It didn’t take long for the first editorial calling for the abolishment of the Jones Act to appear in 2013. On New Year’s Day, an opinion piece on Bloomberg View, “How a Disaster Called the Jones Act Blocks Disaster Relief: View,” said that the Jones Act has outlived its usefulness.
The editorial points out that President Obama had to temporarily suspend the maritime law in order for foreign ships to help carry needed supplies to Hurricane Sandy ravaged areas. “Within days of the president’s actions, gasoline prices declined and filling station lines, which had required police patrols to keep the peace, soon disappeared,” the editorial said.
Fine. That’s why the president has the ability to do that when a natural disaster occurs. Looks to me like the system worked.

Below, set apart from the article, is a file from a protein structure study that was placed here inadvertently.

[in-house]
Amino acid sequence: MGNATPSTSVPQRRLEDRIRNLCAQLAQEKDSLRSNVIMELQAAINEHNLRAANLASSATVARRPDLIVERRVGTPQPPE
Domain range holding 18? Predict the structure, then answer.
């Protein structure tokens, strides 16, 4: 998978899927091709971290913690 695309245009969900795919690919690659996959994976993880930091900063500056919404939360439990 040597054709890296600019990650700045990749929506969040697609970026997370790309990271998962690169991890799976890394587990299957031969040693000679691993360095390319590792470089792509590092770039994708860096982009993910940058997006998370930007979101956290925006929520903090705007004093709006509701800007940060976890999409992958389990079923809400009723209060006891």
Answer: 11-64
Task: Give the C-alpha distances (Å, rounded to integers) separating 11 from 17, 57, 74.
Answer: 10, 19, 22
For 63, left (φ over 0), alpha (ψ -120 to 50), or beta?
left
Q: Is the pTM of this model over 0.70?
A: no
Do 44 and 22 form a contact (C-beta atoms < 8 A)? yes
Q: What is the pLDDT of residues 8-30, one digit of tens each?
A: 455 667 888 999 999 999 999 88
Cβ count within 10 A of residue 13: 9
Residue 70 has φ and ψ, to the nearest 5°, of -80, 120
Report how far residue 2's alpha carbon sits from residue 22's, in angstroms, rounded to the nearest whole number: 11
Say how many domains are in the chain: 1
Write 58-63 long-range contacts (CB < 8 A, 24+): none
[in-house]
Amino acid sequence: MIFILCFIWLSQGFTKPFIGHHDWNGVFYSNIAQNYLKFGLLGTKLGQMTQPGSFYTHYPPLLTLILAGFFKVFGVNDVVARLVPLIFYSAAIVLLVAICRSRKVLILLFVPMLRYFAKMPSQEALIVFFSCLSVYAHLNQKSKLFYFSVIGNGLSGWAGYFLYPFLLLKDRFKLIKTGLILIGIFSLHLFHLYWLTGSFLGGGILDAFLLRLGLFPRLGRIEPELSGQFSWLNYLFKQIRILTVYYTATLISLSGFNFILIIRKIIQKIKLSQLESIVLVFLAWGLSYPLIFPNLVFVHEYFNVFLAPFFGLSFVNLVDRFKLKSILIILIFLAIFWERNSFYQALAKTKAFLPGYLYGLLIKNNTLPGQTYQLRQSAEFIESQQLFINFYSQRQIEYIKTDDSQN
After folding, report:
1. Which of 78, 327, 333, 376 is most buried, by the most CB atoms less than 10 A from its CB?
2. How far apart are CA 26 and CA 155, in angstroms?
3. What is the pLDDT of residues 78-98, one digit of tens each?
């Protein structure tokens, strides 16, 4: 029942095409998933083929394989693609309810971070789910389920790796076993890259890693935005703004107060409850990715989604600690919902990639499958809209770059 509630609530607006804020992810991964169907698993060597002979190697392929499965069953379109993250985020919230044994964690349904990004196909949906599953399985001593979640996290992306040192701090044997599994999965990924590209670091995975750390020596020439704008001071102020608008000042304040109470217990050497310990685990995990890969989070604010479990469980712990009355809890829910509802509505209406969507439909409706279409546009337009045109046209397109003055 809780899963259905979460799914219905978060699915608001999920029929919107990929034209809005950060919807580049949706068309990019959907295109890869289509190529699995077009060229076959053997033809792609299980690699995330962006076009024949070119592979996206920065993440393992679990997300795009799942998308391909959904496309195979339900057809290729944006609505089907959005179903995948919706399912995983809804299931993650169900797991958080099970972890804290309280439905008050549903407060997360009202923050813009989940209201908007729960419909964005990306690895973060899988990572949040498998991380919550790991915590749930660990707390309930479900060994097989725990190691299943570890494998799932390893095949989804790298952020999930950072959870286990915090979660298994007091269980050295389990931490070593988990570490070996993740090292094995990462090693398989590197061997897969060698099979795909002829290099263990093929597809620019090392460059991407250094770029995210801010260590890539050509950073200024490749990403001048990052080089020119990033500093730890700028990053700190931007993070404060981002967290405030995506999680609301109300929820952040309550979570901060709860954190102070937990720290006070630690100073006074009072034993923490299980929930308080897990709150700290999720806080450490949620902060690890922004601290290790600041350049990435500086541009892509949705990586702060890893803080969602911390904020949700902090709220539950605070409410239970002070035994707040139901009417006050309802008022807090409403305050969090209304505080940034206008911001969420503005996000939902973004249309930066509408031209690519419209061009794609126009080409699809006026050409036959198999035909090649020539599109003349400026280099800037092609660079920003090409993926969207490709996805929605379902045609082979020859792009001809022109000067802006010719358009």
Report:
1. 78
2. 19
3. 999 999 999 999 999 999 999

Yet that’s not good enough, according to Bloomberg.
The editorial goes on to say, “U.S. islands such as Puerto Rico and Hawaii, along with the state of Alaska, feel the effects of the Jones Act more than most localities.”
Well, scrap the Jones Act and see what happens to the oil and gas industry in the U.S. Gulf of Mexico — a move that would affect every state in the U.S. Only the strongest of second-tier shipyards would be able to survive when offshore service vessel companies build their boats in Asia and elsewhere and then send them to work in the U.S. Gulf. In addition, U.S.-based OSV companies would hire cheaper foreign workers or U.S. crews willing to work for far less than they are receiving now in order to compete with foreign companies.
The last thing the U.S. needs is thousands of shipyard workers and boat crews either unemployed or underemployed. This is another way to move U.S. jobs overseas.
So. you don’t believe it will happen? Ask yourself how many container ships and big tankers are built in the U.S. Stripping away the Jones Act will change that scenario for the better? No way.
The Jones Act is not perfect. But letting everyone into the pool is not the answer. A better system requires compromise — something this country is in short supply of at the moment.